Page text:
It’s been a while since I’ve added another entry to my enumeration of cartoons models of open source. I love it when I get another one.
I recently read one of Paul Krugman’s old essays from back when he was writing for Slate. The essay is a three corner shot. He presents a little cartoon model, advocates for for humor in science, and closes with is a bit of snarky attack on a book writing journo/pundit who’s fixated on a single model, a model Paul dislikes. In the days since I read this I have been chewing on the example model.
Here is Paul’s amusing cartoon model:
Imagine an economy that produces only two things: hot dogs and buns. Consumers in this economy insist that every hot dog come with a bun, and vice versa. And labor is the only input to production.
… Suppose that our economy initially employs 120 million workers, which corresponds more or less to full employment. It takes two person-days to produce either a hot dog or a bun. (Hey, realism is not the point here.) Assuming that the economy produces what consumers want, it must be producing 30 million hot dogs and 30 million buns each day; 60 million workers will be employed in each sector.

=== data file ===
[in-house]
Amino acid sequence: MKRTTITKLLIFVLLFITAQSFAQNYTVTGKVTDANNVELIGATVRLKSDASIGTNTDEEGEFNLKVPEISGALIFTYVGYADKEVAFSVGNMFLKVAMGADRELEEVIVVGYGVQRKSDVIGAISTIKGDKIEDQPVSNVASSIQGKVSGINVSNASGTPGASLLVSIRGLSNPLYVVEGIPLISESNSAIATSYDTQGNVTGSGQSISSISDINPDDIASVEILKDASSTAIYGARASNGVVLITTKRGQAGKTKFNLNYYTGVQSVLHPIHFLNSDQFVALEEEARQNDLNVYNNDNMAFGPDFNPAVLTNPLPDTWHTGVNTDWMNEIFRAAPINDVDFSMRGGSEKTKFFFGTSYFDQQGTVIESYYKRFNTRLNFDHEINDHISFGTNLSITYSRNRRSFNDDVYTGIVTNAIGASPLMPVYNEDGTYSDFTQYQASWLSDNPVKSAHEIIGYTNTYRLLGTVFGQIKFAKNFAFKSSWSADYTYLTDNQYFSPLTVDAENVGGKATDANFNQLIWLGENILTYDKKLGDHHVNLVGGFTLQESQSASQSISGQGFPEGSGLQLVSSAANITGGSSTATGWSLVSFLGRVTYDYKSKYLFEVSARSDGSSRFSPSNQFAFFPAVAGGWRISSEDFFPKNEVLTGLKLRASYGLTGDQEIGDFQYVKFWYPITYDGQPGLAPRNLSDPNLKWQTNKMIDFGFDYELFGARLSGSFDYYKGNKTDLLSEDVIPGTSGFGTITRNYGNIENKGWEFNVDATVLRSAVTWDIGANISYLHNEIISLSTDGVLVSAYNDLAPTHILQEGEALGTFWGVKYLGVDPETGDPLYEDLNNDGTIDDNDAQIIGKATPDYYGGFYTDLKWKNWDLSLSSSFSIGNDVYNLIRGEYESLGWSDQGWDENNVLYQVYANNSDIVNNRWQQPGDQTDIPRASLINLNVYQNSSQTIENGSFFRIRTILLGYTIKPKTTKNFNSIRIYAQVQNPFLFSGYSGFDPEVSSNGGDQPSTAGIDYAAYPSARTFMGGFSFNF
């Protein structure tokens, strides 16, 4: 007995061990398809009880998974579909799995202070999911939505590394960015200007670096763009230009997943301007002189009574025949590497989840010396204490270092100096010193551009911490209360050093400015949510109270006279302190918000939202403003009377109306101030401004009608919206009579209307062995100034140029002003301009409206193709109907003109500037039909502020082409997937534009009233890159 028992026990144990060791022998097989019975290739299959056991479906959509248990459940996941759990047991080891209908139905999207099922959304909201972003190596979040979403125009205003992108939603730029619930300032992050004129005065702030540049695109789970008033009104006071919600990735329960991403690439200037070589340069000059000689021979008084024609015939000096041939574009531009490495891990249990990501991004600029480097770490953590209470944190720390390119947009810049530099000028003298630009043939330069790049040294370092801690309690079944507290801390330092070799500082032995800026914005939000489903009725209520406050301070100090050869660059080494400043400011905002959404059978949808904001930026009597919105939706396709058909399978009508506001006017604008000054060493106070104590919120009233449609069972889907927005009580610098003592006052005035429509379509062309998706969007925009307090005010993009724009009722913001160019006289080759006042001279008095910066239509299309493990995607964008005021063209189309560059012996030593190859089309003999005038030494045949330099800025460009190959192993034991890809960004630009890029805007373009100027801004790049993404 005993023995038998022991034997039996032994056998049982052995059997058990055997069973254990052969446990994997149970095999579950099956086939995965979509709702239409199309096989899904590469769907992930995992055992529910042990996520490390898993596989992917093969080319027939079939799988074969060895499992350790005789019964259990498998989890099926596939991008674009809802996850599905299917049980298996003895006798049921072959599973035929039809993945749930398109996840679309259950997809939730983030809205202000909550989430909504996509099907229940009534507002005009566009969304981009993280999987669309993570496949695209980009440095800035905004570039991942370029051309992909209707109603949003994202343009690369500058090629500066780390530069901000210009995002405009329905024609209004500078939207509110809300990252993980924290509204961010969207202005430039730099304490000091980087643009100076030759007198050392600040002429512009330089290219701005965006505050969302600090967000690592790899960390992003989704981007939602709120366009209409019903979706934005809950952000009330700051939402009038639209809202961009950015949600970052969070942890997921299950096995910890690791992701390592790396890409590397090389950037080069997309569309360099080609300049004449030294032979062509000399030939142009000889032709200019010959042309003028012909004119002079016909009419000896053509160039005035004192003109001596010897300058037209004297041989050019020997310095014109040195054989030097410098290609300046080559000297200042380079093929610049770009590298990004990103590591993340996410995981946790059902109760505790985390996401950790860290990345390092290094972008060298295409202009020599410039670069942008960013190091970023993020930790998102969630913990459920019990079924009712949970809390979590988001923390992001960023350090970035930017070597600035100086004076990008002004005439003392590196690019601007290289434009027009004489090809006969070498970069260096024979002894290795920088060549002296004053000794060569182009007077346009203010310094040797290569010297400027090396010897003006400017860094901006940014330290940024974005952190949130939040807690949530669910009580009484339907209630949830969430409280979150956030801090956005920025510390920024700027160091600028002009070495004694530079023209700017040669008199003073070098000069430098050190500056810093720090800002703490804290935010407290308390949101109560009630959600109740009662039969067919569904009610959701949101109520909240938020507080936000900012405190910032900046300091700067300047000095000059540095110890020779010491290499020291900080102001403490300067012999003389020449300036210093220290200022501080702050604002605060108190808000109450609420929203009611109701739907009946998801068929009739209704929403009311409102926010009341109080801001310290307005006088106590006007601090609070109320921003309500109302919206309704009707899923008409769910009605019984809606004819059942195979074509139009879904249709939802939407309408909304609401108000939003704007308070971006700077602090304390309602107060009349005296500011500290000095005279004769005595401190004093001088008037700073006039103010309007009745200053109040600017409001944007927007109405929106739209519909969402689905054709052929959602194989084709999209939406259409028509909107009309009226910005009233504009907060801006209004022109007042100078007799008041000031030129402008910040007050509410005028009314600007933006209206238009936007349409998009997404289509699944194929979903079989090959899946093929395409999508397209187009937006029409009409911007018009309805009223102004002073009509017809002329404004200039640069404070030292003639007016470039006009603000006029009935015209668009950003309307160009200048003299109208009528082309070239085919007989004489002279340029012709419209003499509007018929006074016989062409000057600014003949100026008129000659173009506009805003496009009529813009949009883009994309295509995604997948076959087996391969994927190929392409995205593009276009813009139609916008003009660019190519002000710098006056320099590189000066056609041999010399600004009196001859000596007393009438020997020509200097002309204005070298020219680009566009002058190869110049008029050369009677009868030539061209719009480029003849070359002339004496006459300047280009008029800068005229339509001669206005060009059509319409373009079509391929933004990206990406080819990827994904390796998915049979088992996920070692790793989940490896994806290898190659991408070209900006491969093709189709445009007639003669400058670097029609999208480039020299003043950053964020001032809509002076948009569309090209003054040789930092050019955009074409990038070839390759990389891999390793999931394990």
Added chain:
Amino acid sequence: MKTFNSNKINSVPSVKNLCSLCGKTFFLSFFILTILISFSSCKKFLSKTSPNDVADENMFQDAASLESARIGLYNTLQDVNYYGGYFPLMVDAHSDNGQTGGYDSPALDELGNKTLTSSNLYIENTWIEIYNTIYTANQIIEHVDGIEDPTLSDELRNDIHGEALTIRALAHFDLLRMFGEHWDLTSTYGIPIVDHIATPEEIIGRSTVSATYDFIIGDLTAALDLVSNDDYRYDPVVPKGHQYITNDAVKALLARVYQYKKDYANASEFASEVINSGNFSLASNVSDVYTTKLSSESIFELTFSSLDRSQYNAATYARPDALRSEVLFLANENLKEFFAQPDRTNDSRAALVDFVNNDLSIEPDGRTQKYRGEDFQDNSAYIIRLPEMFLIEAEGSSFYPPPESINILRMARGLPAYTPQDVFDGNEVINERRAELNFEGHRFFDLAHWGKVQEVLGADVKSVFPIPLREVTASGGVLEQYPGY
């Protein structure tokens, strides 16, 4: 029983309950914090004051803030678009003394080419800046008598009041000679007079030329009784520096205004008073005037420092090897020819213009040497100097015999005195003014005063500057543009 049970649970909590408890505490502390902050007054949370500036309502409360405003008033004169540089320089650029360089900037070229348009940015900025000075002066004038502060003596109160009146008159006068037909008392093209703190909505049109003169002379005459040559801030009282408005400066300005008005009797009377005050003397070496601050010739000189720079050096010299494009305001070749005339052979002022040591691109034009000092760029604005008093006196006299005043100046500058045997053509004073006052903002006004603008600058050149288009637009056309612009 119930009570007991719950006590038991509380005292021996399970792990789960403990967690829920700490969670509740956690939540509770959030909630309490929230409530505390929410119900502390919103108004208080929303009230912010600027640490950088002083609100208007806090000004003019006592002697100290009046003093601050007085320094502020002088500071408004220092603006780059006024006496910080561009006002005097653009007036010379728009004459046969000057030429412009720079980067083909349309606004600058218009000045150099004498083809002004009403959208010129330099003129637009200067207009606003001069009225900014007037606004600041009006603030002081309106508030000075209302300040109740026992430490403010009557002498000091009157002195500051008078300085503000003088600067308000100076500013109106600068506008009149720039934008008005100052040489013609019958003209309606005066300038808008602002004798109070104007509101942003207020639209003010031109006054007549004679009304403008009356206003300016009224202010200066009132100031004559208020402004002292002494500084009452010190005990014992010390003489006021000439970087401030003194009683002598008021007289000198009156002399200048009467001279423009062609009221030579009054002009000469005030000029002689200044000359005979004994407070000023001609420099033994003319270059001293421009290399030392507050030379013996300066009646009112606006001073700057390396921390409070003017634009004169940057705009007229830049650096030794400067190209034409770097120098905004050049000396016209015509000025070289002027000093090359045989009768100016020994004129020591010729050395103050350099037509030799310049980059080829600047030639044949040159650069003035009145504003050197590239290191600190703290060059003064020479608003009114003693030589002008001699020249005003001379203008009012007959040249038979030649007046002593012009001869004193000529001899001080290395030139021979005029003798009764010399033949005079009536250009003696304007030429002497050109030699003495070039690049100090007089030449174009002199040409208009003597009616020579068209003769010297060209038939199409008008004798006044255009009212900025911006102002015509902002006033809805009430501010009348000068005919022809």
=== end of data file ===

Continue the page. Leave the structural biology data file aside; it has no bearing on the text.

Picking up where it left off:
Now, suppose that improved technology allows a worker to produce a hot dog in one day rather than two. And suppose that the economy makes use of this increased productivity to increase consumption to 40 million hot dogs with buns a day. This requires some reallocation of labor, with only 40 million workers now producing hot dogs, 80 million producing buns.
This is an analogy for the shift from manufacturing to services. If productivity gains enable the production of more goods (i.e. hotdogs), then the consumption of complementary services which wrap those goods will increase. I’ll forgive Paul for glossing over the displacement issues.
That model is a prefect fit for what Open Source has done to the software industry. For a shockingly wide range of software systems open source has turned out to be a radically more productive means of production. If that’s the meat then the business models that have risen up around this shift emphasis services; ala Redhat, WordPress, MySQL, Elgg (org/com).
Let me add one more observation, a point about complements. There is always an pressure between complements. It leads to one becoming commoditized. Presumably as services become more dominate in the economy they seek ways to lower the profit margins of manufacturing. And so, if your a software services firm, you might want to encourage Open Source.